The greatest of these perks, for most, is the Twenty-Three magazine. Some argue that all of the information available from D23 is available for free, online. This is undoubtedly true, but for me, “information” isn’t the only reason to buy something. There is something to be said for the tangible feel of a magazine. Sitting outdoors with a cold beer on a summer day, I don’t want to be squinting as I try to view the poorly illuminated text on an iPad or similar device. But that’s just me. I am a fan of printed publications. Your mileage may vary on that one.
The second perk, and if you can avail yourself of this one it’s likely the greatest, is the opportunity to purchase admission to the events. While I was not overly impressed with the first Magic & Merriment we attended, we had an absolute blast at the second Magic & Merriment, and even more fun at the D23 EPCOT Center 30th Anniversary events! I have heard great reviews of most other D23 events, too.
It can stink that most of these events are in California, but there are plenty in Florida, and it makes the most sense to have them in the parks, where the experiences are most relevant. To expect D23 events to be held in non-major cities (where’s my Plainwell, Michigan, event?!) is a tad unrealistic. If you’re unable to plan your trips around these events or take weekend jaunts when they’re offered, you might be disappointed with the event schedule. However, if you can attend even an event or two per year, Membership quickly becomes worth the while for you. If you cannot or will not attend any events, I do not see a lot of intrinsic value in the membership, and I wouldn’t recommend becoming a member, unless you’re interested in the magazine.
With that said, the question is whether the magazine is worth your money. Like I stated above, if you’re a fan of the whole company, most likely yes. If you’re a fan of just the theme parks, it’s questionable. When presented with the question of whether I should become a Silver or Gold Member, I opted for Gold after looking at the prices of used magazines on eBay. Most were selling in the $10 range, meaning the magazines roughly paid for themselves. Most magazines also include a collectible gift of some sort (I sold my Horizons patch that I received with one issue last year for $12 by itself!) that also have some value. So as long as you don’t mind dealing with eBay, the subscription is probably worth it as an upgrade from Silver to Gold. From a pure value perspective, I would have a hard time justifying the cost of the subscription if I only wanted the magazine, but I am primarily a fan of the theme parks.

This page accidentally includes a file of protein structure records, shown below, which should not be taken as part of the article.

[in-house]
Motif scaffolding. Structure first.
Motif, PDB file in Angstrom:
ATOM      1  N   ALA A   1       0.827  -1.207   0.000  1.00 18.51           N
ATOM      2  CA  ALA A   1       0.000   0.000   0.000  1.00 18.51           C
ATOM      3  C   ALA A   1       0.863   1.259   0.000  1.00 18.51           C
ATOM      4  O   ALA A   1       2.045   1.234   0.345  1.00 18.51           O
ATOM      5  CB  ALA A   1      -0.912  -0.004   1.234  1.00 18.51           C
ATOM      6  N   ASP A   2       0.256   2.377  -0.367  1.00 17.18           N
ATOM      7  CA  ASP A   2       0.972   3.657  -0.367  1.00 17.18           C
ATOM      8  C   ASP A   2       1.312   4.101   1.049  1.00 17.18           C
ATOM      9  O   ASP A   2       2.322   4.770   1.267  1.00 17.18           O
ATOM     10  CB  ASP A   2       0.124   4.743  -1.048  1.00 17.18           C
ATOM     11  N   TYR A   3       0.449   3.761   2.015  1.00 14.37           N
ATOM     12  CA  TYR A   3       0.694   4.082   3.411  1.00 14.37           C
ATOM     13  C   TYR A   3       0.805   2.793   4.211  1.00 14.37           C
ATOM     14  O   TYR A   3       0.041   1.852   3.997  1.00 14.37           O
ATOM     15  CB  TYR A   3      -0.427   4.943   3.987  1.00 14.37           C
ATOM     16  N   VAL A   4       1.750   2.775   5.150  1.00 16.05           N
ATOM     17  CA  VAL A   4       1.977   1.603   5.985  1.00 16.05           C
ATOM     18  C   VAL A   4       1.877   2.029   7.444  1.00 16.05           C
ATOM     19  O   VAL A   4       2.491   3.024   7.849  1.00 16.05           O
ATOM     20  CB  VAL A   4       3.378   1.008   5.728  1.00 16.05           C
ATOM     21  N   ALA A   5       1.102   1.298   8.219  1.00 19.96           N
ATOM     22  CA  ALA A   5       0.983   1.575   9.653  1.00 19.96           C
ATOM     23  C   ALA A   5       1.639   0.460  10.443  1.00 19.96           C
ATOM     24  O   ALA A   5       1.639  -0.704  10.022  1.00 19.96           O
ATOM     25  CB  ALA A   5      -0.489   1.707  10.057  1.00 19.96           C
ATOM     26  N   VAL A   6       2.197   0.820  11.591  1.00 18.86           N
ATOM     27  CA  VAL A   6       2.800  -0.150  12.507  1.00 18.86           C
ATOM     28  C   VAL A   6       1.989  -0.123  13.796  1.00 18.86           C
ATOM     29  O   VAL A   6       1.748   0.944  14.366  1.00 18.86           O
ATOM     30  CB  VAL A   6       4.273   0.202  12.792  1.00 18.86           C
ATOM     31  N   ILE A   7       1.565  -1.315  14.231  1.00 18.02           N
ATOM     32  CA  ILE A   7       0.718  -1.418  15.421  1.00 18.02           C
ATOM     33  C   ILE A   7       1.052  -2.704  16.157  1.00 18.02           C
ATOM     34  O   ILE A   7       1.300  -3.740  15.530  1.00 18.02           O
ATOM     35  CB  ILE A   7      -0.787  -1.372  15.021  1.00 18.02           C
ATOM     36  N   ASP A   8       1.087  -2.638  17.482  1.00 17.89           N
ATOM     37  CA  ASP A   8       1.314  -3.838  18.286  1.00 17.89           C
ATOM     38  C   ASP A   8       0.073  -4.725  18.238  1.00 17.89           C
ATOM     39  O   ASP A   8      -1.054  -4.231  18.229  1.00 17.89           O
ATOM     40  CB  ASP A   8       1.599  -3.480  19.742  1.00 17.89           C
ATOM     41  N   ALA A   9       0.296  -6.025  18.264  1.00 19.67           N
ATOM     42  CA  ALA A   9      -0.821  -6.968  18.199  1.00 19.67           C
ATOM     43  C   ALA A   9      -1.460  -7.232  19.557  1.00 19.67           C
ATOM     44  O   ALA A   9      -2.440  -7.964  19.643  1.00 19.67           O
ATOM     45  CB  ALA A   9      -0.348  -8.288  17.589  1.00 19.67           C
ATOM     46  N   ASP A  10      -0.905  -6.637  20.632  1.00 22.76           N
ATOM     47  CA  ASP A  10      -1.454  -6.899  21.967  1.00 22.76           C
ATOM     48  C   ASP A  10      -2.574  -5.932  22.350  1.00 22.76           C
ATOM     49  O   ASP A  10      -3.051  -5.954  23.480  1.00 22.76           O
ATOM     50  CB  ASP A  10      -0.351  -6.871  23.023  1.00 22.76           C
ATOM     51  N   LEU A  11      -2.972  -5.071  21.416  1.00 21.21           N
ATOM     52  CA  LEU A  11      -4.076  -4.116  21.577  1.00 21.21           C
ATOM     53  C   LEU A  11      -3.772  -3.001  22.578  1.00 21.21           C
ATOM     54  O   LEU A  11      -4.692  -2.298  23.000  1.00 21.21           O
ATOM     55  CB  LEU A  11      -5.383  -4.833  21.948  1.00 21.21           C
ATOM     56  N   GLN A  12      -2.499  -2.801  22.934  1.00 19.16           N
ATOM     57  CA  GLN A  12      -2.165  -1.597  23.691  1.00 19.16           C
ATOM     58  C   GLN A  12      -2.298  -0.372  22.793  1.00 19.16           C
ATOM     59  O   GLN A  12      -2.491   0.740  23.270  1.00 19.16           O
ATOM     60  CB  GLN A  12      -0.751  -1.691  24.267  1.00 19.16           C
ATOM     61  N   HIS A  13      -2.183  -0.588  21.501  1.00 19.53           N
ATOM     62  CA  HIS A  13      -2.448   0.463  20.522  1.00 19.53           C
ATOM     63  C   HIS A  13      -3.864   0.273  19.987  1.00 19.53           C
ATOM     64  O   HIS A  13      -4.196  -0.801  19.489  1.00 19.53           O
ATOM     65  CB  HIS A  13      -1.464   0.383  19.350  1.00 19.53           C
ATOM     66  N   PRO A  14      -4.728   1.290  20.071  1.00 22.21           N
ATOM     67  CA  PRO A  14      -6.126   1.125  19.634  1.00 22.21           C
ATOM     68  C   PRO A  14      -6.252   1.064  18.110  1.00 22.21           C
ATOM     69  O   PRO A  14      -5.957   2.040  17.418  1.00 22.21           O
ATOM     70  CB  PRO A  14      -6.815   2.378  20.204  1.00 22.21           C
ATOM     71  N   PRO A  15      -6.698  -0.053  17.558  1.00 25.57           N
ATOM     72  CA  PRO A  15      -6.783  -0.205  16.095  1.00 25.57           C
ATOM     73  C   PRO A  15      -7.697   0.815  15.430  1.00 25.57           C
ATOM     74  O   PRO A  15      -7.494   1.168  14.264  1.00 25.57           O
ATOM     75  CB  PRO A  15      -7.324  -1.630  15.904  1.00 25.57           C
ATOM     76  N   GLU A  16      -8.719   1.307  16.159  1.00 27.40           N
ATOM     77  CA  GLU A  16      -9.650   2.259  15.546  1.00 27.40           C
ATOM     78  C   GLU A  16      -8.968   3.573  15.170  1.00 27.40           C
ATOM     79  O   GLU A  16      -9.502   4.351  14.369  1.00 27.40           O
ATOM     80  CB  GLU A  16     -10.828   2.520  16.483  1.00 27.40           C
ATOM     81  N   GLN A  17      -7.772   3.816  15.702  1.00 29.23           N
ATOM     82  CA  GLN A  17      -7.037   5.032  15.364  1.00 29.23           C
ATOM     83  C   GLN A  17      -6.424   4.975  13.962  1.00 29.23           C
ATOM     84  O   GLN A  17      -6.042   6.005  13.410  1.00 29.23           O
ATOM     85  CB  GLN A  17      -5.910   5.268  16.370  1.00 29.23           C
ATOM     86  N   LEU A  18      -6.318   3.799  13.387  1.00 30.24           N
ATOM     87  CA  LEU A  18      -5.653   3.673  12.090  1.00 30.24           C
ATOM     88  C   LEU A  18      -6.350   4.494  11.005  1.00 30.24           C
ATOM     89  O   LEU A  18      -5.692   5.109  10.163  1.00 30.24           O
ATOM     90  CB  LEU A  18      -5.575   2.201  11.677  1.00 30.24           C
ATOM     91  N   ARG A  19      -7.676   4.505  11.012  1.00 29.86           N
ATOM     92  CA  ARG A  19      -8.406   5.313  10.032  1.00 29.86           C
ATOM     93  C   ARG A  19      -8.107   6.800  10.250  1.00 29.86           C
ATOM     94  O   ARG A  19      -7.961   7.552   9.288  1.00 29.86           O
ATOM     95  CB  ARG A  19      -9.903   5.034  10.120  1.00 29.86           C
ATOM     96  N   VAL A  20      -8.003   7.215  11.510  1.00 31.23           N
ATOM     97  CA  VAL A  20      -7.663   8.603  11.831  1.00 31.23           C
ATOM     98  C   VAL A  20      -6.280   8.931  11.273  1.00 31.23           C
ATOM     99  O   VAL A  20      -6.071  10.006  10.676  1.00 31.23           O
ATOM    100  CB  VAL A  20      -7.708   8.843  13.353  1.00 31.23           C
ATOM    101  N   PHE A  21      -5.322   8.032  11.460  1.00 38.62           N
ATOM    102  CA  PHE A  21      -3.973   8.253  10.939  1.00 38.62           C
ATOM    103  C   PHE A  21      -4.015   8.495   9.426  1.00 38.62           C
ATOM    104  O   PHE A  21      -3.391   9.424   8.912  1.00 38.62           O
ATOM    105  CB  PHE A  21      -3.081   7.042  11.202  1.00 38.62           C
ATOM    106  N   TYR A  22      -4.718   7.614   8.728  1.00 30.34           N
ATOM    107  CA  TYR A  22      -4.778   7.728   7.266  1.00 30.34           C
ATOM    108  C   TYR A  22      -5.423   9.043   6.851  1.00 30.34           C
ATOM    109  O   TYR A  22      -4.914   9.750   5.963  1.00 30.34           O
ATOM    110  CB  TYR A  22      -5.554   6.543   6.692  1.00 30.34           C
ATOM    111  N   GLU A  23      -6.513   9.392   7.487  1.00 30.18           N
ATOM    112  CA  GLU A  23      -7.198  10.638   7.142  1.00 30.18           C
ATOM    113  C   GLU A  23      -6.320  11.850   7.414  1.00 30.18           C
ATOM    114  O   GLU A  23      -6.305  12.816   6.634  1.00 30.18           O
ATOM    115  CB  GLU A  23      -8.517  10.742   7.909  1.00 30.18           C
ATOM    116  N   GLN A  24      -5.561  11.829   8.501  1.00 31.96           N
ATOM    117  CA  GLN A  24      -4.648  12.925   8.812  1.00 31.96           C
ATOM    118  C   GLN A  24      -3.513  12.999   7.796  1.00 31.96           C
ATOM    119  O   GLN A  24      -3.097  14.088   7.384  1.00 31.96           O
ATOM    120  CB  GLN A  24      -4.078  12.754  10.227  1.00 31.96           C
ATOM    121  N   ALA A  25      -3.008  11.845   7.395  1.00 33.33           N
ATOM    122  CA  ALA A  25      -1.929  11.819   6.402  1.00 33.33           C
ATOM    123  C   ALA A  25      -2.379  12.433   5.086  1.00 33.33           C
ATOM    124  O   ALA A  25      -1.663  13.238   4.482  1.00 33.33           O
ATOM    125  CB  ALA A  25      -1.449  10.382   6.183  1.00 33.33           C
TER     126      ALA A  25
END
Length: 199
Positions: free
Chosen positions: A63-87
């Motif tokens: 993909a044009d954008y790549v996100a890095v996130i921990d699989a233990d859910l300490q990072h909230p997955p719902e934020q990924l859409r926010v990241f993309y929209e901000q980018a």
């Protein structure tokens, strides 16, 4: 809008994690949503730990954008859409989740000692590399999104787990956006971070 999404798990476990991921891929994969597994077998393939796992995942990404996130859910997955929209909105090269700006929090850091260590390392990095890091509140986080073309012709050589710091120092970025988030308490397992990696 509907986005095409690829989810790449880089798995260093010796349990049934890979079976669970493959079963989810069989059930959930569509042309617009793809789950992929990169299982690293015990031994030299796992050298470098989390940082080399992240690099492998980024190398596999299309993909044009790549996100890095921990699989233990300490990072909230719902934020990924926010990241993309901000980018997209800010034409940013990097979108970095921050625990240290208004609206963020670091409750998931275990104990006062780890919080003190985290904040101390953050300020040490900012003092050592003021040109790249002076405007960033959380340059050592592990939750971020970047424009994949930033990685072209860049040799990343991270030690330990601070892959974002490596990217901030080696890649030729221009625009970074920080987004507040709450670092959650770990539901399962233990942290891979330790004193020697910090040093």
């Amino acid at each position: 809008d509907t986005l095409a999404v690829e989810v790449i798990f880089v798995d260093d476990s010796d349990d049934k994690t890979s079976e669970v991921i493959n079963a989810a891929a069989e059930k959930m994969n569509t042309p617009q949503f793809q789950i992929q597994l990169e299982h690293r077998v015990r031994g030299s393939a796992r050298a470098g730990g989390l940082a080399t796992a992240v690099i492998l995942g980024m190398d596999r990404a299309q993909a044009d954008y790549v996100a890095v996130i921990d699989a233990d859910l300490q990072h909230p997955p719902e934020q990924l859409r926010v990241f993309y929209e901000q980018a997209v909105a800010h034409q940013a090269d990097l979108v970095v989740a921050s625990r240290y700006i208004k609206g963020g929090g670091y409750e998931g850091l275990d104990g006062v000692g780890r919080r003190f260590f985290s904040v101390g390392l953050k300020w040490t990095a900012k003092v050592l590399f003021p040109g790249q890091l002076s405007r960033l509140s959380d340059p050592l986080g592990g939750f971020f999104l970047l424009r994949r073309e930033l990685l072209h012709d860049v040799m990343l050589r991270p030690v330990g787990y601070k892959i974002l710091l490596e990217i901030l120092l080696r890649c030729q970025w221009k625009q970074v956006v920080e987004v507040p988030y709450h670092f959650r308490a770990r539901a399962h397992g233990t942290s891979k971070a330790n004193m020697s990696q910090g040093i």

Also worth noting for those reading this who are contemplating renewal is that you’re better off purchasing a new subscription with a discount code than you are renewing! From time to time, Disney has a discount code that is only valid for new members. Try code: D23DVC for 10% off either a Gold or Silver Membership. This code doesn’t always work, but it’s worth a shot.
With that code, the price is slightly more palatable, but I think overall it’s still a little overpriced for most people. Obviously, the membership benefits vary widely: a SoCal local AP holder may be able to attend 10 D23 events in one year and have membership be well worth the price whereas someone in Topeka, Kansas may never be able to attend an event, and may not care about the watch or magazine. That being said, while it’s really a personal decision, it’s neither a “terrible” or “great” club. Right now it’s just sort of mediocre. What Disney does with it in the next few years will determine its ultimate fate. On the plus side, D23 is actually run by passionate Disney fans (we’ve met them at a few D23 events, and they really seem to care about Disney and the Club), but it doesn’t seem like they’re the ones making the high level decisions concerning the direction of the club.
What do you think of D23? Is it worth the money, or have you let your subscription lapse? Have you attended any D23 events? Share your thoughts in the comments!